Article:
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Wage Dispersion, Returns to Skill, and Black-White Wage Differentials

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  • David Card
  • Thomas Lemieux

Abstract

During the 1980s wage differentials between younger and older workers and between more and less educated workers expanded rapidly. Wage dispersion among individuals with the same age and education also rose. A simple explanation for both sets of facts is that earnings represent a return to a one-dimensional index of skill, and that the rate of return to skill rose over the decade. We explore a simple method for estimating and testing 'single index' models of wages. Our approach integrates 3 dimensions of skill: age, education, and unobserved ability. We find that a one-dimensional skill model gives a relatively successful account of changes in the structure of wages for white men and women between 1979 and 1989. We then use the estimated models for whites to analyze recent changes in the relative wages of black men and women.

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Bibliographic Info

Paper provided by Princeton University, Department of Economics, Industrial Relations Section. in its series Working Papers with number 691.

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Date of creation: Feb 1993
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Handle: RePEc:pri:indrel:dsp01n583xt98n

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Postal: Firestone Library, Princeton, New Jersey 08544-2098
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Web page: http://www.irs.princeton.edu/
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Keywords: wage dispersion; human capital; black-white wage differentials;

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References

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  1. Murphy, Kevin M & Welch, Finis, 1992. "The Structure of Wages," The Quarterly Journal of Economics, MIT Press, vol. 107(1), pages 285-326, February.
  2. Bound, John & Freeman, Richard B, 1992. "What Went Wrong? The Erosion of Relative Earnings and Employment among Young Black Men in the 1980s," The Quarterly Journal of Economics, MIT Press, vol. 107(1), pages 201-32, February.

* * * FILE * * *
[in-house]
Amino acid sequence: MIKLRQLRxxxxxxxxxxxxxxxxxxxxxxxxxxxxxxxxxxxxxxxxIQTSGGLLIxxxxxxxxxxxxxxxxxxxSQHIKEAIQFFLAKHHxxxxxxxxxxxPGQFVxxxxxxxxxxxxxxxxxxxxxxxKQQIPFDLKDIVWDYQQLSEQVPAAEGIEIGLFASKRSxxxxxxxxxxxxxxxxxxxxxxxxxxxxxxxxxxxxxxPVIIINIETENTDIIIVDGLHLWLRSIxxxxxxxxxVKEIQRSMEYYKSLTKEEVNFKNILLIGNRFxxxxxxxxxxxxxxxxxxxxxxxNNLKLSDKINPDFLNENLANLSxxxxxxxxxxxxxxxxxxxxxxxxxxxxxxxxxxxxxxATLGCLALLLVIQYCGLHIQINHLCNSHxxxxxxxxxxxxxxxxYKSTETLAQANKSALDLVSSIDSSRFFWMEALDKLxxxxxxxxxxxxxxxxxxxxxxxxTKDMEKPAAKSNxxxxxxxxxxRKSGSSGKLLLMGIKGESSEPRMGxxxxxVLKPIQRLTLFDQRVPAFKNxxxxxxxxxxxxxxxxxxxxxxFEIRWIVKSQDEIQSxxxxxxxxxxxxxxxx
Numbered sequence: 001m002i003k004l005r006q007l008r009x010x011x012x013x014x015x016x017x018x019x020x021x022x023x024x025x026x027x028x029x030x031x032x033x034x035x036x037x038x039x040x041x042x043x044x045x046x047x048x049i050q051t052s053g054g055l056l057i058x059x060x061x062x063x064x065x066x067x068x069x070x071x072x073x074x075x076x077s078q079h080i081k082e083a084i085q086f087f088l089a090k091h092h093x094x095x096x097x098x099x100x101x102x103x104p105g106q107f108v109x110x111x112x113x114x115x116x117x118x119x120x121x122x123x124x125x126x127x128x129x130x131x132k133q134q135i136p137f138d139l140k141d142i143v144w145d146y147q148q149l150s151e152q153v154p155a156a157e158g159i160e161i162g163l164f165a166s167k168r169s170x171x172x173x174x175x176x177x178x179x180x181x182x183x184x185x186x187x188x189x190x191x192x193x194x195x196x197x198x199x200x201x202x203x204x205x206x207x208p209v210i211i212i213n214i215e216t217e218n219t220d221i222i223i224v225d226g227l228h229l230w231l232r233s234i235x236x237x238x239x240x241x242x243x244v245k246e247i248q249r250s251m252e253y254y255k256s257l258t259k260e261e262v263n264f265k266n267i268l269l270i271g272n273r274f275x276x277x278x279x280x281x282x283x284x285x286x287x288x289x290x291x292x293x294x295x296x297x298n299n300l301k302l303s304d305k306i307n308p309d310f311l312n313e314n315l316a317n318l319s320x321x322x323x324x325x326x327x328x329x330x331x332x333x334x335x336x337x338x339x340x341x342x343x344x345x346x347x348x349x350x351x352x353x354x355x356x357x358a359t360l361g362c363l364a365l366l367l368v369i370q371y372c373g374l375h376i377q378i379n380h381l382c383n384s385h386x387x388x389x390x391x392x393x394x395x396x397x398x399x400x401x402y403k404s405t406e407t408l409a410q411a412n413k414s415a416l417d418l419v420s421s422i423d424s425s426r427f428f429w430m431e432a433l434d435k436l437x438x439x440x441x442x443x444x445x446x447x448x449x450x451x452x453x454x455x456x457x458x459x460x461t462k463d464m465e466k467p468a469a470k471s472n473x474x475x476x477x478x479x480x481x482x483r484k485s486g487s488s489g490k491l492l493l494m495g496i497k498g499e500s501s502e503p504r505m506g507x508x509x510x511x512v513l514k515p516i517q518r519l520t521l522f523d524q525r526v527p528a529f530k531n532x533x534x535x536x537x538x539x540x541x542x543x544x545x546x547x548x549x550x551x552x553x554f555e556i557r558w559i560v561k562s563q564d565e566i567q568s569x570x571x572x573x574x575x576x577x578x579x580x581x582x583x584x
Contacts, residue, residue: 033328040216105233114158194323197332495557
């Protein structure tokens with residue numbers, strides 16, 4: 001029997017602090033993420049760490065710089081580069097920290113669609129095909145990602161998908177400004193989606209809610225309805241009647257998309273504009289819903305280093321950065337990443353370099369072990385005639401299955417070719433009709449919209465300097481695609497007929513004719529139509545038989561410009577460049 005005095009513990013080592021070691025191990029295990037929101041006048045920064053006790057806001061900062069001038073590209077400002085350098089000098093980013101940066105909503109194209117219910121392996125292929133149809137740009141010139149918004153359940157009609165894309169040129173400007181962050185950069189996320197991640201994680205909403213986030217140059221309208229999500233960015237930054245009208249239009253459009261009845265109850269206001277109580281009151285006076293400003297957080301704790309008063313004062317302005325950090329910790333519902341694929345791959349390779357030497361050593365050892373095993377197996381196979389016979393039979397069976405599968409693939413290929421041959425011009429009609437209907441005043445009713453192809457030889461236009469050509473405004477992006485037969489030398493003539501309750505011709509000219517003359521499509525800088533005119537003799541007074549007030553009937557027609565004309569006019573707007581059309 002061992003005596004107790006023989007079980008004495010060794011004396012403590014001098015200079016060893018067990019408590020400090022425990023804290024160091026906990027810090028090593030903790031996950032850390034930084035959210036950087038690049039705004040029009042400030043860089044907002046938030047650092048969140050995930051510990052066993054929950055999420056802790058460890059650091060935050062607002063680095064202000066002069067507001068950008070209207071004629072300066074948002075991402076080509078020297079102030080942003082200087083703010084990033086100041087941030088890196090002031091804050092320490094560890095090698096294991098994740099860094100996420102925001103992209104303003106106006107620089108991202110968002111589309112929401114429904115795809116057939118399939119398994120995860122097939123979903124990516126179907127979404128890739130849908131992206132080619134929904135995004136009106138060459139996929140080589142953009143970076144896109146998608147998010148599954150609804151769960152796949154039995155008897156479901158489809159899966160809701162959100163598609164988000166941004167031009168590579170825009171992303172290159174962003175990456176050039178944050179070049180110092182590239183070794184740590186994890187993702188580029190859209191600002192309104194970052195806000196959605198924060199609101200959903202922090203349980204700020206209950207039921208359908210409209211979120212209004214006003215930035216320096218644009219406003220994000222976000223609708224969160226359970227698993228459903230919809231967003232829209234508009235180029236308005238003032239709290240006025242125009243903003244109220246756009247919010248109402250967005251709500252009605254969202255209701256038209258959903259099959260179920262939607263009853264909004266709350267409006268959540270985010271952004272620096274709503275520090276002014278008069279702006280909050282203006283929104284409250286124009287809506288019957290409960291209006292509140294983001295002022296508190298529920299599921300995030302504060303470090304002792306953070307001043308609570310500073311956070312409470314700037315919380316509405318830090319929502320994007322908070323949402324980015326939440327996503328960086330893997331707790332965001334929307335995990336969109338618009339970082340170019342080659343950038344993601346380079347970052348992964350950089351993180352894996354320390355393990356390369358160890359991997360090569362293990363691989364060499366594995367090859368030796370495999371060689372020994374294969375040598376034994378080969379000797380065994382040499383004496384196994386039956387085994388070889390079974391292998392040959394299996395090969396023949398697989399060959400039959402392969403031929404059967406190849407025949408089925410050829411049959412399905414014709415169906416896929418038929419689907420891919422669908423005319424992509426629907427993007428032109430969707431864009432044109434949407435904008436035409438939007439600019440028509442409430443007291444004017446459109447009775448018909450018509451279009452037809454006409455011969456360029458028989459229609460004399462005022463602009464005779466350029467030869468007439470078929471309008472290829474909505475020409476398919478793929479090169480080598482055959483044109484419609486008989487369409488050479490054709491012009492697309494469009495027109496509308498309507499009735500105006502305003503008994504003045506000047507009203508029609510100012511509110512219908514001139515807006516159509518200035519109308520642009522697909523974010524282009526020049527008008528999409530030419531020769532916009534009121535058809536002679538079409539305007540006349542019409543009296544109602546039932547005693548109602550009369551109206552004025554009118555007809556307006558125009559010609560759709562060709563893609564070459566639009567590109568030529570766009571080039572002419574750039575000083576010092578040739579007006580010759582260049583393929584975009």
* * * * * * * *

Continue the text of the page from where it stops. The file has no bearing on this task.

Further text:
3. David Card & Alan B. Krueger, 1991. "School Quality and Black-White Relative Earnings: A Direct Assessment," NBER Working Papers 3713, National Bureau of Economic Research, Inc.
  4. Deaton, Angus, 1985. "Panel data from time series of cross-sections," Journal of Econometrics, Elsevier, vol. 30(1-2), pages 109-126.
  5. Lee Lillard & James P. Smith & Finis Welch, 2004. "What Do We Really Know About Wages: The Importance of Nonreporting and Census Imputation," Labor and Demography 0404005, EconWPA.
  6. Cockburn, Iain & Griliches, Zvi, 1988. "Industry Effects and Appropriability Measures in the Stock Market's Valuation of R&D and Patents," American Economic Review, American Economic Association, vol. 78(2), pages 419-23, May.
  7. Juhn, Chinhui & Murphy, Kevin M & Pierce, Brooks, 1993. "Wage Inequality and the Rise in Returns to Skill," Journal of Political Economy, University of Chicago Press, vol. 101(3), pages 410-42, June.
  8. Smith, James P & Welch, Finis R, 1989. "Black Economic Progress after Myrdal," Journal of Economic Literature, American Economic Association, vol. 27(2), pages 519-64, June.
  9. Francine D. Blau & Lawrence Kahn, 1995. "The Gender Earnings Gap: Some International Evidence," NBER Chapters, in: Differences and Changes in Wage Structures, pages 105-144 National Bureau of Economic Research, Inc.
  10. Bound, John & Johnson, George, 1992. "Changes in the Structure of Wages in the 1980's: An Evaluation of Alternative Explanations," American Economic Review, American Economic Association, vol. 82(3), pages 371-92, June.
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